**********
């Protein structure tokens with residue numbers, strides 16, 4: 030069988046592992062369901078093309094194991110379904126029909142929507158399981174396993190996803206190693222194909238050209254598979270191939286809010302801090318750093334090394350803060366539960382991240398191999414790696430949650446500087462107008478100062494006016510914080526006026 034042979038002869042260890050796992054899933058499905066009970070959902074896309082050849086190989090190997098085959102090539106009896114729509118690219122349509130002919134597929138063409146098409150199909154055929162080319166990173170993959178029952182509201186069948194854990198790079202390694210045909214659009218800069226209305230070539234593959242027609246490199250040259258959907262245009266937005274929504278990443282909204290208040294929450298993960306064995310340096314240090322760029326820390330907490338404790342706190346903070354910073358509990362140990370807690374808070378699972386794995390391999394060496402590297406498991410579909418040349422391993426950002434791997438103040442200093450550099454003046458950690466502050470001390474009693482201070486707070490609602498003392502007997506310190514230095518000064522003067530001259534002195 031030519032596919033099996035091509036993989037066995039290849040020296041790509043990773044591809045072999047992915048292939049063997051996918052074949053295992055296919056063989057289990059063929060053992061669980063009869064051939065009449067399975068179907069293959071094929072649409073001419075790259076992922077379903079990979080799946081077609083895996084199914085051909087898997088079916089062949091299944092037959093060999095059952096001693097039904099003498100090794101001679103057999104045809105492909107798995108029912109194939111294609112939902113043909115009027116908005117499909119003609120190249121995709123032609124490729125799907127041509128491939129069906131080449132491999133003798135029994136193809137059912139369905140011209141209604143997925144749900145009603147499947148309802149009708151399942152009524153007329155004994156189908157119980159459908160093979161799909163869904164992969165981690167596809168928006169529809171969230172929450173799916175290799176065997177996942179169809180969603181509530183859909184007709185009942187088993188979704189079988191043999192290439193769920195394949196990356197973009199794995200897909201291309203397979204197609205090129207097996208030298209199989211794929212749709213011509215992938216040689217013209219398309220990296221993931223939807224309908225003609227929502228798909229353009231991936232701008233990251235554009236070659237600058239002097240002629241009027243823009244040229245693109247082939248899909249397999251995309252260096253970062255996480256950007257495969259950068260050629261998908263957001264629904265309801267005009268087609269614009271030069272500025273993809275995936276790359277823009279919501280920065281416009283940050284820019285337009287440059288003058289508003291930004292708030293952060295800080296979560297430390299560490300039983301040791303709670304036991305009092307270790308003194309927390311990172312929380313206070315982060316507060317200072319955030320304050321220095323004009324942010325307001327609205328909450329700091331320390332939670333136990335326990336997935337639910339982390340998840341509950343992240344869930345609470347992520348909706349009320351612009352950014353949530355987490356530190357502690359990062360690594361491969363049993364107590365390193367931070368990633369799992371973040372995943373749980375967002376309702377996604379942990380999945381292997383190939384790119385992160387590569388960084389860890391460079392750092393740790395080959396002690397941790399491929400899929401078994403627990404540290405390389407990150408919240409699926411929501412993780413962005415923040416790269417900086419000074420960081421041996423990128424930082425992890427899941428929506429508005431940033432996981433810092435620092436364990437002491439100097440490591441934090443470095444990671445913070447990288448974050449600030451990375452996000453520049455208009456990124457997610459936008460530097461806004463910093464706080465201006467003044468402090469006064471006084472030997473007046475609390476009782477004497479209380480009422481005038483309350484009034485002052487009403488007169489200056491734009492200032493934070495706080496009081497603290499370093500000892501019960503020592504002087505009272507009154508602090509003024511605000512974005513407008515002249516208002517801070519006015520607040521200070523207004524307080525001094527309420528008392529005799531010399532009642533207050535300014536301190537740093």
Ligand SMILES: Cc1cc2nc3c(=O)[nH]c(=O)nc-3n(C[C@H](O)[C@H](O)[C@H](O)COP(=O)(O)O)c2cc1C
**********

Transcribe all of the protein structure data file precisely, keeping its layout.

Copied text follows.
């Protein structure tokens with residue numbers, strides 16, 4: 030069988046592992062369901078093309094194991110379904126029909142929507158399981174396993190996803206190693222194909238050209254598979270191939286809010302801090318750093334090394350803060366539960382991240398191999414790696430949650446500087462107008478100062494006016510914080526006026 034042979038002869042260890050796992054899933058499905066009970070959902074896309082050849086190989090190997098085959102090539106009896114729509118690219122349509130002919134597929138063409146098409150199909154055929162080319166990173170993959178029952182509201186069948194854990198790079202390694210045909214659009218800069226209305230070539234593959242027609246490199250040259258959907262245009266937005274929504278990443282909204290208040294929450298993960306064995310340096314240090322760029326820390330907490338404790342706190346903070354910073358509990362140990370807690374808070378699972386794995390391999394060496402590297406498991410579909418040349422391993426950002434791997438103040442200093450550099454003046458950690466502050470001390474009693482201070486707070490609602498003392502007997506310190514230095518000064522003067530001259534002195 031030519032596919033099996035091509036993989037066995039290849040020296041790509043990773044591809045072999047992915048292939049063997051996918052074949053295992055296919056063989057289990059063929060053992061669980063009869064051939065009449067399975068179907069293959071094929072649409073001419075790259076992922077379903079990979080799946081077609083895996084199914085051909087898997088079916089062949091299944092037959093060999095059952096001693097039904099003498100090794101001679103057999104045809105492909107798995108029912109194939111294609112939902113043909115009027116908005117499909119003609120190249121995709123032609124490729125799907127041509128491939129069906131080449132491999133003798135029994136193809137059912139369905140011209141209604143997925144749900145009603147499947148309802149009708151399942152009524153007329155004994156189908157119980159459908160093979161799909163869904164992969165981690167596809168928006169529809171969230172929450173799916175290799176065997177996942179169809180969603181509530183859909184007709185009942187088993188979704189079988191043999192290439193769920195394949196990356197973009199794995200897909201291309203397979204197609205090129207097996208030298209199989211794929212749709213011509215992938216040689217013209219398309220990296221993931223939807224309908225003609227929502228798909229353009231991936232701008233990251235554009236070659237600058239002097240002629241009027243823009244040229245693109247082939248899909249397999251995309252260096253970062255996480256950007257495969259950068260050629261998908263957001264629904265309801267005009268087609269614009271030069272500025273993809275995936276790359277823009279919501280920065281416009283940050284820019285337009287440059288003058289508003291930004292708030293952060295800080296979560297430390299560490300039983301040791303709670304036991305009092307270790308003194309927390311990172312929380313206070315982060316507060317200072319955030320304050321220095323004009324942010325307001327609205328909450329700091331320390332939670333136990335326990336997935337639910339982390340998840341509950343992240344869930345609470347992520348909706349009320351612009352950014353949530355987490356530190357502690359990062360690594361491969363049993364107590365390193367931070368990633369799992371973040372995943373749980375967002376309702377996604379942990380999945381292997383190939384790119385992160387590569388960084389860890391460079392750092393740790395080959396002690397941790399491929400899929401078994403627990404540290405390389407990150408919240409699926411929501412993780413962005415923040416790269417900086419000074420960081421041996423990128424930082425992890427899941428929506429508005431940033432996981433810092435620092436364990437002491439100097440490591441934090443470095444990671445913070447990288448974050449600030451990375452996000453520049455208009456990124457997610459936008460530097461806004463910093464706080465201006467003044468402090469006064471006084472030997473007046475609390476009782477004497479209380480009422481005038483309350484009034485002052487009403488007169489200056491734009492200032493934070495706080496009081497603290499370093500000892501019960503020592504002087505009272507009154508602090509003024511605000512974005513407008515002249516208002517801070519006015520607040521200070523207004524307080525001094527309420528008392529005799531010399532009642533207050535300014536301190537740093």
Ligand SMILES: Cc1cc2nc3c(=O)[nH]c(=O)nc-3n(C[C@H](O)[C@H](O)[C@H](O)COP(=O)(O)O)c2cc1C